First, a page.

I have kind of a thing for ballet dancers. There are lots of great ballet documentaries: Frederick Wiseman’s La Danse, Ballets Russes, Amargosa, about California’s own Marta Becket, to name just a few.
Anyway, finally, I got to write about prima ballerina Dame Margot Fonteyn. If you’re interested yourself, don’t miss Meredith Daneman’s (somewhat dishy but still enthralling) biography.
Here’s how this weeks arts and culture piece begins:
Tony Palmer’s documentary “Fonteyn” is a fascinating take on one of the greatest ballerinas of all time.
“This is the story of how the most famous dancer England ever produced was deceived and betrayed by those closest to her,” the film begins. “It is a story of courage and tenacity, of unbelievable devotion to her art and to those who she loved and who, in the end, left her penniless and alone, even to the extent that she was buried at first in a pauper’s grave. It is the stuff of fiction except that it is true.”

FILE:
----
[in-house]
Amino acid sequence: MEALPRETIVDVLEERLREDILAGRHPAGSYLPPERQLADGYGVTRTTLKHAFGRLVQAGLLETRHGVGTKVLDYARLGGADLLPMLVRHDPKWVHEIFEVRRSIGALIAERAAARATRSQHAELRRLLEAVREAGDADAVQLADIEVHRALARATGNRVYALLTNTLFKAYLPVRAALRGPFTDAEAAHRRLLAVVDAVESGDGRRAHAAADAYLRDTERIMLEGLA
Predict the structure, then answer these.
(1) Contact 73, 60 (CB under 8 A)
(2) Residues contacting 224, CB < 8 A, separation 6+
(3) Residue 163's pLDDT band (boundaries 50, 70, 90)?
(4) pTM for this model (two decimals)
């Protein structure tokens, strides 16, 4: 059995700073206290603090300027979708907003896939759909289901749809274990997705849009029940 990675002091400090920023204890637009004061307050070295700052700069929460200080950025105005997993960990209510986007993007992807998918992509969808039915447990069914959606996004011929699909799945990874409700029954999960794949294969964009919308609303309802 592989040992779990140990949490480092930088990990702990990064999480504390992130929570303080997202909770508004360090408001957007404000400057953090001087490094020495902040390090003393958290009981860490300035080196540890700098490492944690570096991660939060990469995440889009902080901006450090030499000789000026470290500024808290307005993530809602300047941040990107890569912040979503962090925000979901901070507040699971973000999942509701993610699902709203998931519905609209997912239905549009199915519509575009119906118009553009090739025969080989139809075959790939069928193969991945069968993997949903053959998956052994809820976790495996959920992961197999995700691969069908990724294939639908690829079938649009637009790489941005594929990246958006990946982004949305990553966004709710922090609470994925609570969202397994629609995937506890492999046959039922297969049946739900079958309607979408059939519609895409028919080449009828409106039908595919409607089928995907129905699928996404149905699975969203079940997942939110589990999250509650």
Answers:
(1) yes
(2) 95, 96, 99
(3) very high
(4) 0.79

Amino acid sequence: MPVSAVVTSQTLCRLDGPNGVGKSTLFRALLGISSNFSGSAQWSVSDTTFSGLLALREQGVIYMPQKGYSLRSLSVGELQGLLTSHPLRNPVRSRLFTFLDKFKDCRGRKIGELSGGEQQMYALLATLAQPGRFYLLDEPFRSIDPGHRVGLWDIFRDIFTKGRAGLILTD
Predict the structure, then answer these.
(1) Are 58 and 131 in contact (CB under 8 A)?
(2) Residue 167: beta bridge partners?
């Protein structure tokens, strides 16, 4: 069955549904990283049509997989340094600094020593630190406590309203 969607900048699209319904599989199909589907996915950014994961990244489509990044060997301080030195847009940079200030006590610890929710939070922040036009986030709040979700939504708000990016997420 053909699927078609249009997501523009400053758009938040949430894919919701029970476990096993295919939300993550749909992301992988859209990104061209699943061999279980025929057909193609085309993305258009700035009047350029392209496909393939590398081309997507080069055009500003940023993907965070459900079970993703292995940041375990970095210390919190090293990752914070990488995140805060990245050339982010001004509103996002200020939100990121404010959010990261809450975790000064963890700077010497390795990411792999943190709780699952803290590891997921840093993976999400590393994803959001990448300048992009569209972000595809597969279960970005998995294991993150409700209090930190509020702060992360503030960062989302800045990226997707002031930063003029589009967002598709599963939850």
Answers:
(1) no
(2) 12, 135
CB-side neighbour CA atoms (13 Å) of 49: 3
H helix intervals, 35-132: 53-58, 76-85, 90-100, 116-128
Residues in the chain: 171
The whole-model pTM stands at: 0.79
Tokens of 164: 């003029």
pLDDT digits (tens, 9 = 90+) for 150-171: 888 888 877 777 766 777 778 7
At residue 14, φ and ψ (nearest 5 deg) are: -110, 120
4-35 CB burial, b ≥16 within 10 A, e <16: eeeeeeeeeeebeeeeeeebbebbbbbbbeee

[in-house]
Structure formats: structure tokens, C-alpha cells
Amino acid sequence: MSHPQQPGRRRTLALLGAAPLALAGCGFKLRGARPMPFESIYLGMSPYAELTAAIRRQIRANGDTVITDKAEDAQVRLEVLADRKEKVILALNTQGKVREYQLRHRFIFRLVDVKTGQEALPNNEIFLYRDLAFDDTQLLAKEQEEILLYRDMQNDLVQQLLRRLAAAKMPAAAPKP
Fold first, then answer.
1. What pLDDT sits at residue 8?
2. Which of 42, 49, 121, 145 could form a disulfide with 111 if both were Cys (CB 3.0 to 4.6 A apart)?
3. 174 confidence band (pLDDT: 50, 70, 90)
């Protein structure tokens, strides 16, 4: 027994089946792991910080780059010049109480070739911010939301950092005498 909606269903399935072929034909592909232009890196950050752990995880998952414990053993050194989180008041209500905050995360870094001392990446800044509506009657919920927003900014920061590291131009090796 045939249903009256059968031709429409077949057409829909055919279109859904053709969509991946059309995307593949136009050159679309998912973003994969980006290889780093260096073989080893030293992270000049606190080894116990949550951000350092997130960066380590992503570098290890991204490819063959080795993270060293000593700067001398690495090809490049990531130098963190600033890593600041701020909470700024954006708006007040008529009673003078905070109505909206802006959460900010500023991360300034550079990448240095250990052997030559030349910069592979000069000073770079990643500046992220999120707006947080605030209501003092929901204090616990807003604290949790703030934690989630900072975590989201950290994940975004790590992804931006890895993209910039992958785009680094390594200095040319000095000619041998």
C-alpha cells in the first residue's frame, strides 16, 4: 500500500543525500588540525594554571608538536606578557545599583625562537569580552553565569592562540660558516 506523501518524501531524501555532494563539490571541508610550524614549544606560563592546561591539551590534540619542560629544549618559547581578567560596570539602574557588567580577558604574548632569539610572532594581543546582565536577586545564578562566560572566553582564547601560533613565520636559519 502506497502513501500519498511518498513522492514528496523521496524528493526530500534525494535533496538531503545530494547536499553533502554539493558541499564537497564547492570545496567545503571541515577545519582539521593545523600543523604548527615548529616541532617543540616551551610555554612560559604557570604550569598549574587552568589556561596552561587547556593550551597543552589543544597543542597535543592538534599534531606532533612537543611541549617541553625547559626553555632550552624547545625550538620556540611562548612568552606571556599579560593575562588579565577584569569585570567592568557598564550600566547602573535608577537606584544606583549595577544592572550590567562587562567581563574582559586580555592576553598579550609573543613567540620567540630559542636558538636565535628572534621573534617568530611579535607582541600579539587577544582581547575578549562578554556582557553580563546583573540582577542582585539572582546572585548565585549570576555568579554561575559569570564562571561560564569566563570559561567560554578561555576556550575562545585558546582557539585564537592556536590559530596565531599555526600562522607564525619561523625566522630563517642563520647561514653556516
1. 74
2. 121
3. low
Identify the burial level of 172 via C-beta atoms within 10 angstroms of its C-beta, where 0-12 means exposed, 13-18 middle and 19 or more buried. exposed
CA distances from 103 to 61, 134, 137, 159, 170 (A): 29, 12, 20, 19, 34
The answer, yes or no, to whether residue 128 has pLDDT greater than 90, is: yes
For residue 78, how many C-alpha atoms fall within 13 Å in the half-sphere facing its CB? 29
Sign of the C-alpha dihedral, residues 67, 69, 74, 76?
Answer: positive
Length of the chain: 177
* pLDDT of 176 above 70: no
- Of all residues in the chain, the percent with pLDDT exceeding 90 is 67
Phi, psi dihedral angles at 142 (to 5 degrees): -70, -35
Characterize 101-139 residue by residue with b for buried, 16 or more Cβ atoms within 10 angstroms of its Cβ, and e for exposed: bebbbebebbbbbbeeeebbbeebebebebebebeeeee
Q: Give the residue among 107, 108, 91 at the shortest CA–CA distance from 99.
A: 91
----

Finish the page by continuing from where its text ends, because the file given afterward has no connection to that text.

Dame Margot Fonteyn (1919-1991), who was born Peggy Hookham to a British father and a Brazilian-Irish stage mother who came to be known as “The Black Queen,” danced her whole career for the Royal Ballet. “She represented England. That was it. She was the face of the motherland,” observes biographer Meredith Daneman.
“She had the curious quality of making you want to cry,” said Robert Helpmann, her first dance partner. “She had very bad judgment about people,” adds former assistant Colette Clark. “That was her weakness. … A lot of people used her, exploited her, cheated her”…
(Spoiler: Especially her Panamanian playboy husband).
|THAT’S IT, I’M BUYING AN EYEBROW PENCIL.|